Melanoma Awareness Month

The American Academy of Dermatology has designated May as National Melanoma Skin Cancer Prevention Month and Peraza Dermatology Group is committed to raising awareness about skin cancer so that we can increase the chances of early detection in all of our patients.  One in 50 people will develop melanoma in their lifetime which is why early detection of this cancer, and all skin cancer types, can help save the life of you or your loved ones.

What is Melanoma:

Melanoma is a cancer in the melanocytes, or pigment producing cells, in the skin.  Often other types of skin cancer do not spread, but melanoma can spread around the body, or metastasize.  Skin cancer is the most common form of cancer in the United States, and it is estimated that one person dies from melanoma every hour.  Melanoma is often caused by exposure to high levels of sunlight and most frequently appears on the trunk in men and on the legs in women; however it can occur anywhere on the body.  Moles can become malignant (cancerous) years after the skin has been burnt.  Children or teenagers who have had one or more blistering sunburns are at risk for developing skin cancer many years later.  Therefore, we stress most of our patients to have yearly skin checks.  It is crucial that skin cancers are treated early, as later stage treatments are typically not effective.

Peraza Dermatology Group strives to decrease your risk of developing melanoma and to help you recognize if you are at risk.  Peraza Dermatology Group will provide you with strategies to be more vigilant for your skin health and decrease your risk of skin cancer.


  • Melanoma accounts for less than 5% of skin cancers but is the cause of the majority of skin cancer deaths.
  • One person dies every hour from melanoma.
  • One or more blistering sunburns in childhood doubles your lifetime melanoma risk.
  • One session of indoor tanning increases your lifetime melanoma risk by 20%.
  • All skin types are at risk for melanoma.
  • The survival rate of melanoma that is detected early with no spread to other areas of the body is 98% in the United States.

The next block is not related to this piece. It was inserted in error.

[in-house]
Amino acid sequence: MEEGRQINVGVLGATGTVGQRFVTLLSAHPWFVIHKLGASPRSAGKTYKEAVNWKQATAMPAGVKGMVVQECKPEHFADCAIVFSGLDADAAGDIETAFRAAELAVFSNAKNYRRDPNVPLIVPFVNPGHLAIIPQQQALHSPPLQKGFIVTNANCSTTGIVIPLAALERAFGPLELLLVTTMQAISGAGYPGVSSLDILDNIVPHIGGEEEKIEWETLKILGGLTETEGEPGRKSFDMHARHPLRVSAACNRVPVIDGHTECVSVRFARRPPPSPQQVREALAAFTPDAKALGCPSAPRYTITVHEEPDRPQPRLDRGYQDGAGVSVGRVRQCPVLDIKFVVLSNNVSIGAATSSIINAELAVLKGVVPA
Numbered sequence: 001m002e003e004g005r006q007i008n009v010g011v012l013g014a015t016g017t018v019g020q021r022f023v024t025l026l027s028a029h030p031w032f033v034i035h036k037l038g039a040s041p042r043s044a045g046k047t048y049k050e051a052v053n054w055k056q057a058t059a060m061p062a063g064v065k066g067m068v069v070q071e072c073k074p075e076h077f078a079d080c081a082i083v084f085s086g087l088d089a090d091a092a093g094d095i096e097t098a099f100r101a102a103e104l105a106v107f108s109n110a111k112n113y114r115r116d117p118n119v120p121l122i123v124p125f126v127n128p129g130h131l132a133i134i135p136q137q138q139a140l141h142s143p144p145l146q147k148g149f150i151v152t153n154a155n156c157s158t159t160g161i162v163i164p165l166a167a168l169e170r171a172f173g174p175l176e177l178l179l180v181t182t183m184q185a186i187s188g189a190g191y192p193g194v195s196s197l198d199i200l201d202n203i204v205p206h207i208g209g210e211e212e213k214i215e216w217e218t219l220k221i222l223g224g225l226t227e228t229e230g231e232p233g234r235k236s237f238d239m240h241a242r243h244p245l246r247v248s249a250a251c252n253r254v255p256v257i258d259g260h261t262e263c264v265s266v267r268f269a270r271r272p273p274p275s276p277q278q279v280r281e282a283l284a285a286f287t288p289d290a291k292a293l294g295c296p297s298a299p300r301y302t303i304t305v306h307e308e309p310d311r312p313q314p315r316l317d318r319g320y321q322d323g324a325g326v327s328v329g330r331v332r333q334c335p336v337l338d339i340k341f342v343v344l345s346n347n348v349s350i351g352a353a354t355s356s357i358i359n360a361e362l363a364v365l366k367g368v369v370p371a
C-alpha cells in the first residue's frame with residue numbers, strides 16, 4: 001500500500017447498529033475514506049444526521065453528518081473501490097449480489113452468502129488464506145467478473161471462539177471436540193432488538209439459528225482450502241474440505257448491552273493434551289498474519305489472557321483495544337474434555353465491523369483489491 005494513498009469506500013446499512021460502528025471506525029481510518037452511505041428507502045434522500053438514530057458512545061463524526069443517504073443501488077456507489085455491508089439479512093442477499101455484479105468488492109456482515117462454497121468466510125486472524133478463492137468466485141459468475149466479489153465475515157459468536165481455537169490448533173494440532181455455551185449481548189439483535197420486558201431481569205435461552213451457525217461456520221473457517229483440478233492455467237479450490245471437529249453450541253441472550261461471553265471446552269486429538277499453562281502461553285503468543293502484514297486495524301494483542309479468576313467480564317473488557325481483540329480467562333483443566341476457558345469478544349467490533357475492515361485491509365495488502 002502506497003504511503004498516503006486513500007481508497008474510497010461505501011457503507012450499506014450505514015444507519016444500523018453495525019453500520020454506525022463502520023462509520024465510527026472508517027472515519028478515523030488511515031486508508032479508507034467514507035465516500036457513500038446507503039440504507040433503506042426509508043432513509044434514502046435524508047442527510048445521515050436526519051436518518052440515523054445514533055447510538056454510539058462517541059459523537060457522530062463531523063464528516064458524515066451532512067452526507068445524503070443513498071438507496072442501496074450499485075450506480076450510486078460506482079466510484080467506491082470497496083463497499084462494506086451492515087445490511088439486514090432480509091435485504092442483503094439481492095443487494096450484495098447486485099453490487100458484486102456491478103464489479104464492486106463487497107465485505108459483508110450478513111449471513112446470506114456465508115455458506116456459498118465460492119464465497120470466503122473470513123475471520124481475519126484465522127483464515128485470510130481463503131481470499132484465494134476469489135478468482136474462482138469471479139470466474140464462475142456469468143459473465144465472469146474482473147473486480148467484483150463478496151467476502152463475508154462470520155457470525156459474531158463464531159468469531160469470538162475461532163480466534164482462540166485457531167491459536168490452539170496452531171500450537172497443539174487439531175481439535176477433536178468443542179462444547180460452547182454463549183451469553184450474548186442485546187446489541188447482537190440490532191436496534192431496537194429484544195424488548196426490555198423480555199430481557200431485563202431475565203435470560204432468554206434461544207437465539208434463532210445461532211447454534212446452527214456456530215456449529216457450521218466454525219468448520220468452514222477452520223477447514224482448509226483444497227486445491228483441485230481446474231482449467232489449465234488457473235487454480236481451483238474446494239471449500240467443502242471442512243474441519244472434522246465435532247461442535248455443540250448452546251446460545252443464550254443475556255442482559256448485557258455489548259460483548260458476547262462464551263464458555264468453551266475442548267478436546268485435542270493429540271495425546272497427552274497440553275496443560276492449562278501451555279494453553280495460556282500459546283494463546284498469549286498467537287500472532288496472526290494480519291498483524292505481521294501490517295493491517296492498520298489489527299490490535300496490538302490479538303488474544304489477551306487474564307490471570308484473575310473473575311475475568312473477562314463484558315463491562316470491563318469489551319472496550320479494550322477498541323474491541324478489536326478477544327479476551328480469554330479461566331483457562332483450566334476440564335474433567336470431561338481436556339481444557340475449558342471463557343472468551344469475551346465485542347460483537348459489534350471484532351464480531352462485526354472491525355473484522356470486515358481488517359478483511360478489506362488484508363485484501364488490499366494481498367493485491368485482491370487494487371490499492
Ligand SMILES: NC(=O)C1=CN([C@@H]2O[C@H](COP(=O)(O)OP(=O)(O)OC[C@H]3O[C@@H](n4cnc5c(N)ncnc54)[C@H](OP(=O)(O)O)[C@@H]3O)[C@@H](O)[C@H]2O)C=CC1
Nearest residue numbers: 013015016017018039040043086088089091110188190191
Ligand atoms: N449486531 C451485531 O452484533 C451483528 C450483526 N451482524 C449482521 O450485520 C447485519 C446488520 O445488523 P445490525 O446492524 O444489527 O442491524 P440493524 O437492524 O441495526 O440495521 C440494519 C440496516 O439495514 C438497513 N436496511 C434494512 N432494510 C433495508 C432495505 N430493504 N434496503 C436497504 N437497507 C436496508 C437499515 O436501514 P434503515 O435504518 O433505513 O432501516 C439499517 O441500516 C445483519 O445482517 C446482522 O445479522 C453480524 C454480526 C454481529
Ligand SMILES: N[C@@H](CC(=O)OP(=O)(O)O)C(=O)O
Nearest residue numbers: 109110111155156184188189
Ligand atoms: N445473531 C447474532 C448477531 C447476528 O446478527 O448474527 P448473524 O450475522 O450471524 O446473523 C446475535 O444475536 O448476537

Preventing Melanoma:

The good news is that melanoma is highly preventable if we follow some simple rules:

  1. Do not use indoor tanning beds.
  2. Do not let your skin burn.
  3. Use a broad spectrum sunscreen SPF 30 or higher, to all exposed areas daily.
  4. Avoid peak hours of sun exposure between 10:00 am and 2:00 pm.
  5. Check your skin monthly and look for the ABCDEs of melanoma:
  • Asymmetry – One half unlike the other half.
  • Border – The edges of an early melanoma tend to be irregular, uneven, or poorly defined.
  • Color – Healthy moles are uniform in color. A concerning mole has color that is varied from one area to the other. Shades of tan and brown, black, white, red, or blue are concerning.
  • Diameter – Melanomas are usually larger in diameter than a pencil eraser, although they can be smaller.
  • Evolving – When a mole changes in size, shape, color, begins to bleed or scab, or looks different from other moles on your body, this raises concern.

If you believe you have identified any of the following risk factors, please contact our office to set up an appointment.

We encourage all of our patients to protect their skin from the sun’s ultraviolet rays and to check often for any signs of skin cancer.  If you have a suspicious mole, call us today to schedule an appointment at any one of our four office locations and remember that we encourage our patients to see a dermatologist once a year for a full skin check.